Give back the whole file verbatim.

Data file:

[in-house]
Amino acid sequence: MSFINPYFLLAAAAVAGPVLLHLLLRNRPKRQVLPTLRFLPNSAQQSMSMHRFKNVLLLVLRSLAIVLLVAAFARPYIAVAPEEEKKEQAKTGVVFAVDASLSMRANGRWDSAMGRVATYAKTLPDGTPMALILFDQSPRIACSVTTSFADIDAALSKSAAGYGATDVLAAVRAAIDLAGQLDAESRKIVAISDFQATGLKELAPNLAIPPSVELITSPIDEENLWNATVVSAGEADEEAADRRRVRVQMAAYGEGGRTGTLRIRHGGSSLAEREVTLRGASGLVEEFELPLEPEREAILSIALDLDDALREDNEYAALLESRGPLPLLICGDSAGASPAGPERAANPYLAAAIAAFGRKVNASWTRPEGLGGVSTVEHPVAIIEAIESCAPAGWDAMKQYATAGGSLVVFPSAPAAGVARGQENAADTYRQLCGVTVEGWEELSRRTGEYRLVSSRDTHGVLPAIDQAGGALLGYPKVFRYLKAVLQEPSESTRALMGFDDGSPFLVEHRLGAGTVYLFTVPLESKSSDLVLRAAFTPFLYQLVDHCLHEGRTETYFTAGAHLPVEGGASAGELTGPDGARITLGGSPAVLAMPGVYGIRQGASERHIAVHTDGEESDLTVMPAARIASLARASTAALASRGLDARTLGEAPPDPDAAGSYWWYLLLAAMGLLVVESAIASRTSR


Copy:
[in-house]
Amino acid sequence: MSFINPYFLLAAAAVAGPVLLHLLLRNRPKRQVLPTLRFLPNSAQQSMSMHRFKNVLLLVLRSLAIVLLVAAFARPYIAVAPEEEKKEQAKTGVVFAVDASLSMRANGRWDSAMGRVATYAKTLPDGTPMALILFDQSPRIACSVTTSFADIDAALSKSAAGYGATDVLAAVRAAIDLAGQLDAESRKIVAISDFQATGLKELAPNLAIPPSVELITSPIDEENLWNATVVSAGEADEEAADRRRVRVQMAAYGEGGRTGTLRIRHGGSSLAEREVTLRGASGLVEEFELPLEPEREAILSIALDLDDALREDNEYAALLESRGPLPLLICGDSAGASPAGPERAANPYLAAAIAAFGRKVNASWTRPEGLGGVSTVEHPVAIIEAIESCAPAGWDAMKQYATAGGSLVVFPSAPAAGVARGQENAADTYRQLCGVTVEGWEELSRRTGEYRLVSSRDTHGVLPAIDQAGGALLGYPKVFRYLKAVLQEPSESTRALMGFDDGSPFLVEHRLGAGTVYLFTVPLESKSSDLVLRAAFTPFLYQLVDHCLHEGRTETYFTAGAHLPVEGGASAGELTGPDGARITLGGSPAVLAMPGVYGIRQGASERHIAVHTDGEESDLTVMPAARIASLARASTAALASRGLDARTLGEAPPDPDAAGSYWWYLLLAAMGLLVVESAIASRTSR